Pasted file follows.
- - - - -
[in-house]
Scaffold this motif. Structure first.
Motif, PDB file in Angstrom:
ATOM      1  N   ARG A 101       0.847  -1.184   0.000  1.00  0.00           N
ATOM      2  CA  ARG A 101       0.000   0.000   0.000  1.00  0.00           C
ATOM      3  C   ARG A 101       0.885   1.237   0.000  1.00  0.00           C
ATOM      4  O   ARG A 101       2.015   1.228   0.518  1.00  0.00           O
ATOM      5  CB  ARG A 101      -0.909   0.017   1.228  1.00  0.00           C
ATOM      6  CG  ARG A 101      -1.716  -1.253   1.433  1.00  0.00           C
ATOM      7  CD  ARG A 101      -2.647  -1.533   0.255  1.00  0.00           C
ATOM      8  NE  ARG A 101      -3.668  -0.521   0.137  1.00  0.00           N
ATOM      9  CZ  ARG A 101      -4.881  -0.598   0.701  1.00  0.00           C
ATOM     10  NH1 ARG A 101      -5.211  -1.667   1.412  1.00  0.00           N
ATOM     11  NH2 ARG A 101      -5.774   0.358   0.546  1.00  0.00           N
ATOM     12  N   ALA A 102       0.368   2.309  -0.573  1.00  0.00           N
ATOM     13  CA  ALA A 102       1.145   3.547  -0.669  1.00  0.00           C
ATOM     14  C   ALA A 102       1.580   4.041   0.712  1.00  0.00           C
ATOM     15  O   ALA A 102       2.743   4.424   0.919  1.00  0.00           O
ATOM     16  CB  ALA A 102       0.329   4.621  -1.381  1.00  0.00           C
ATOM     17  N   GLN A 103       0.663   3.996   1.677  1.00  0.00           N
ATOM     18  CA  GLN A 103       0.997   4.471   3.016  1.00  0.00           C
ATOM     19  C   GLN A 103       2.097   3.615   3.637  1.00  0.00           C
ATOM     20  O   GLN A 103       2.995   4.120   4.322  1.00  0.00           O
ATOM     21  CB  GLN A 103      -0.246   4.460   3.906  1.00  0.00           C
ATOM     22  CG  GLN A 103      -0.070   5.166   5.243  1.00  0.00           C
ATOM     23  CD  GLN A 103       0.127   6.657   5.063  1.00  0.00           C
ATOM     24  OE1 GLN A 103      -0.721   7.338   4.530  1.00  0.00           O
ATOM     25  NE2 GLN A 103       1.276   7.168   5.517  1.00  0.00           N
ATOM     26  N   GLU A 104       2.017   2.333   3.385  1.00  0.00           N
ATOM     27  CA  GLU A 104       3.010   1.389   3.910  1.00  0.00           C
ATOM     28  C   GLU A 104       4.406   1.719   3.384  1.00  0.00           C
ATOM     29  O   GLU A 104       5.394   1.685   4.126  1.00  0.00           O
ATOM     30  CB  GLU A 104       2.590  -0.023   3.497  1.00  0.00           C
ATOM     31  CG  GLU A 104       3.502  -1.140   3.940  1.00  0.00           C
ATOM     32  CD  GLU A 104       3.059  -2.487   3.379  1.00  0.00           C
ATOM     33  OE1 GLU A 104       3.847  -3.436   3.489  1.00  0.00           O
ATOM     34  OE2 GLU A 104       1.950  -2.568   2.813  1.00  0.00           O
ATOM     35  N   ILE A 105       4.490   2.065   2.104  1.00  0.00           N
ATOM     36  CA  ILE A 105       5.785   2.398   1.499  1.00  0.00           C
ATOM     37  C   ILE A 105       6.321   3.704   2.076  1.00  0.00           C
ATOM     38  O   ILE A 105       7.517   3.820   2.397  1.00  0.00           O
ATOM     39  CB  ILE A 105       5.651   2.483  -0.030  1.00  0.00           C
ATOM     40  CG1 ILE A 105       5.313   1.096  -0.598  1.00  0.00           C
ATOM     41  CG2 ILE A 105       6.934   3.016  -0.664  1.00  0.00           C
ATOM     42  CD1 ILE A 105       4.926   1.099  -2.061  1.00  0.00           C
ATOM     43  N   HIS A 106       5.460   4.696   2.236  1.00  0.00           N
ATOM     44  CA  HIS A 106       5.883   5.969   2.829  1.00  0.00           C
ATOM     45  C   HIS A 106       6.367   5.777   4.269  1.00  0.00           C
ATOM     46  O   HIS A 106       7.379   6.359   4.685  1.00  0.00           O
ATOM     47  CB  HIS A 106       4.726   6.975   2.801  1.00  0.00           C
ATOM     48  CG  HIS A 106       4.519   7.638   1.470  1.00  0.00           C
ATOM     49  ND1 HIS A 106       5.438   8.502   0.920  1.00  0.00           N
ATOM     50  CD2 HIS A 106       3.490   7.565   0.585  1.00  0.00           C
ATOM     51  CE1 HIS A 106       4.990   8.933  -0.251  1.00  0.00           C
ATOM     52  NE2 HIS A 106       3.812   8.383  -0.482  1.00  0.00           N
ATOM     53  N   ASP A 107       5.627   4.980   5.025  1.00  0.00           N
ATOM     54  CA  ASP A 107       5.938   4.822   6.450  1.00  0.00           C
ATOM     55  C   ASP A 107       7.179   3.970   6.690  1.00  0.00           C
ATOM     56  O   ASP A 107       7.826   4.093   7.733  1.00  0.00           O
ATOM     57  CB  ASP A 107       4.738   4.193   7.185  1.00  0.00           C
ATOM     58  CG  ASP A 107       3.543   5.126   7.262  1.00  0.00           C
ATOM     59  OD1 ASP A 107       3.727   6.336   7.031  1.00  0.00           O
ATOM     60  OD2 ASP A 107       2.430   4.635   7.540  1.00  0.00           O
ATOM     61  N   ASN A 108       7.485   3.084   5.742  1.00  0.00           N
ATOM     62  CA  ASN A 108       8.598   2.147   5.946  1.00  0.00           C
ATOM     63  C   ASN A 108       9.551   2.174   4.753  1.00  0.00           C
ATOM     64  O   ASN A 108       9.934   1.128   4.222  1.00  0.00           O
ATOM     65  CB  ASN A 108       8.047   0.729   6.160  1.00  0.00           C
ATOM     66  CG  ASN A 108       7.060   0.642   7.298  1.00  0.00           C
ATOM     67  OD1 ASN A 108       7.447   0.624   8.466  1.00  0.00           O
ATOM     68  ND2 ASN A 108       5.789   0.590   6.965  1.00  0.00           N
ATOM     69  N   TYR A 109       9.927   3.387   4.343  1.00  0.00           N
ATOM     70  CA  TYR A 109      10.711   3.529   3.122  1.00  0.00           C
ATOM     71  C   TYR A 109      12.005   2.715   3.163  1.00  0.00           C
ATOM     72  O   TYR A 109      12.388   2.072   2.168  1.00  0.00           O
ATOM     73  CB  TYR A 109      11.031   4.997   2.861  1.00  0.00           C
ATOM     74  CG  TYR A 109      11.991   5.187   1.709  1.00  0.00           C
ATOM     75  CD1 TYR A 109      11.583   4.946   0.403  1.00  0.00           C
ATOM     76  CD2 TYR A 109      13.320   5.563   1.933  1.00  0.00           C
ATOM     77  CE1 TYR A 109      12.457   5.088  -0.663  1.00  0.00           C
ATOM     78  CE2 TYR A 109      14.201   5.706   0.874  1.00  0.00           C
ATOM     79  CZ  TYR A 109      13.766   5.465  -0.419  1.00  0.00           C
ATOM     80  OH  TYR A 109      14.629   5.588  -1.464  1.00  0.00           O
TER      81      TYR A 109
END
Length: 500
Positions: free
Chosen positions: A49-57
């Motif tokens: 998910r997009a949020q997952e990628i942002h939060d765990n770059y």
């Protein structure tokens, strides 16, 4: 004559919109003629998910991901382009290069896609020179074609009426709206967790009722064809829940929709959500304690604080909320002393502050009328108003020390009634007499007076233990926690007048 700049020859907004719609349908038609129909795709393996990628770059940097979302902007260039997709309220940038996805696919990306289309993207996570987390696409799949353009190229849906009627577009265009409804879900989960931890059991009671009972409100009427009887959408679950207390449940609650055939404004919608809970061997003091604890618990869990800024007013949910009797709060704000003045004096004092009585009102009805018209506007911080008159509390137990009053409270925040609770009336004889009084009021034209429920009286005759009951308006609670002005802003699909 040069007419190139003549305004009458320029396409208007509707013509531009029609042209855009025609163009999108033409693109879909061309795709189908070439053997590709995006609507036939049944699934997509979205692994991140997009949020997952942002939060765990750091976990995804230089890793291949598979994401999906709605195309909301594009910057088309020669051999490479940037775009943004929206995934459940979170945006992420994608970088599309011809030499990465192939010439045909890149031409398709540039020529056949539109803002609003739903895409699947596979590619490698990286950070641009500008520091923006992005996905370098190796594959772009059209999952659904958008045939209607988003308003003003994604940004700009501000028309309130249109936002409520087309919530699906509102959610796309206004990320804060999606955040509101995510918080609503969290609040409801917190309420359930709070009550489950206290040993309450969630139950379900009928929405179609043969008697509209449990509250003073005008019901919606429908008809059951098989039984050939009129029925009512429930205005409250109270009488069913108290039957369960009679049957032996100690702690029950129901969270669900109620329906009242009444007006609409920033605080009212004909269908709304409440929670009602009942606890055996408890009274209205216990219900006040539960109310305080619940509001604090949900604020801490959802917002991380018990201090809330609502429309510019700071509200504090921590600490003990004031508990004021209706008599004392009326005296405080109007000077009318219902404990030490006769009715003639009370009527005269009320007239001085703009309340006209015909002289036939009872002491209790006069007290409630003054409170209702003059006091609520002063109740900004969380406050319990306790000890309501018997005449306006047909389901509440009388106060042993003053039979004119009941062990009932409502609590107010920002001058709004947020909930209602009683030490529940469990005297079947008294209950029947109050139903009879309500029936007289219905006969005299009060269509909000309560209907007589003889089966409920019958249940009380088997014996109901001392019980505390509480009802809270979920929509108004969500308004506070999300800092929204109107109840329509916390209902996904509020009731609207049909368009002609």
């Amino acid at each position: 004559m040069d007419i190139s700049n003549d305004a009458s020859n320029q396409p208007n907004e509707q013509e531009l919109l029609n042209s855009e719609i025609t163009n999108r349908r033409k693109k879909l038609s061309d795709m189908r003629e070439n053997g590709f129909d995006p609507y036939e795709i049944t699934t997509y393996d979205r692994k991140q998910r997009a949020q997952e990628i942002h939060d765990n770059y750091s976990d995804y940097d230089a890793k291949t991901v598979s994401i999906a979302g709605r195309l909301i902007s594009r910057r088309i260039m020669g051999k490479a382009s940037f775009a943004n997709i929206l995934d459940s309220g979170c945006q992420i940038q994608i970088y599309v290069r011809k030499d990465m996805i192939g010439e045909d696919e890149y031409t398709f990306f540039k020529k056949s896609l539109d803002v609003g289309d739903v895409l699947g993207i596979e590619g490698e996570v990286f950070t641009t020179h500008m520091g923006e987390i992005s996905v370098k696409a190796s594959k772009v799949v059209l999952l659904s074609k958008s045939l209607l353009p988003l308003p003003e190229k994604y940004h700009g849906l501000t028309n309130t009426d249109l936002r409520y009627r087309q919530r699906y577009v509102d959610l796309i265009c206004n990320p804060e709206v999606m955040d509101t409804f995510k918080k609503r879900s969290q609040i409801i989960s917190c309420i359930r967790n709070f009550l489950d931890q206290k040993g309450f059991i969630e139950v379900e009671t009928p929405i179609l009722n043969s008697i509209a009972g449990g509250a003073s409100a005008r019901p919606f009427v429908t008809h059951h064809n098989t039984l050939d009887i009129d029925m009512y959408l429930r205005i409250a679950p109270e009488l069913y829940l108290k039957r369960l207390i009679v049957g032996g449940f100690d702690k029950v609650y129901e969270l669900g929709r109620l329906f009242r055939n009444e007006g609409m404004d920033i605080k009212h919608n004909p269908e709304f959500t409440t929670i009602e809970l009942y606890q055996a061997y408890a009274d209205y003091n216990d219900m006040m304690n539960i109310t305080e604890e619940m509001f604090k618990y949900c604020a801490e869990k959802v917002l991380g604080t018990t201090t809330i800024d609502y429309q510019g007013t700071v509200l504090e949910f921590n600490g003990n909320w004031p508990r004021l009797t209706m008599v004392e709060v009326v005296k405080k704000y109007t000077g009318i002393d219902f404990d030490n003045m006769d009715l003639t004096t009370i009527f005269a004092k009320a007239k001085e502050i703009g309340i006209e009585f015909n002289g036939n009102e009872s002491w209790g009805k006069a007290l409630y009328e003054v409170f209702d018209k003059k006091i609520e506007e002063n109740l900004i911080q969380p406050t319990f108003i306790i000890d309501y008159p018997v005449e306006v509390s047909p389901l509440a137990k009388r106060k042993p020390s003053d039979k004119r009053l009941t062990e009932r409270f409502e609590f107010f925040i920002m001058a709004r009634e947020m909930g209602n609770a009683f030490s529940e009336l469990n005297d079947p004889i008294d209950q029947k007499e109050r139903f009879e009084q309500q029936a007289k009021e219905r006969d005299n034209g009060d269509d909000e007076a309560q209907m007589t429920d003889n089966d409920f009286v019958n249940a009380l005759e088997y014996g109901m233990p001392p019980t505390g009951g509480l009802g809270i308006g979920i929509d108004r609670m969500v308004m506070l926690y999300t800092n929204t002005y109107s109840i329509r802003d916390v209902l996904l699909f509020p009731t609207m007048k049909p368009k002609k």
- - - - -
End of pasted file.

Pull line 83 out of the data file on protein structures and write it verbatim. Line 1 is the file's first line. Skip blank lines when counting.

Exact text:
ATOM     80  OH  TYR A 109      14.629   5.588  -1.464  1.00  0.00           O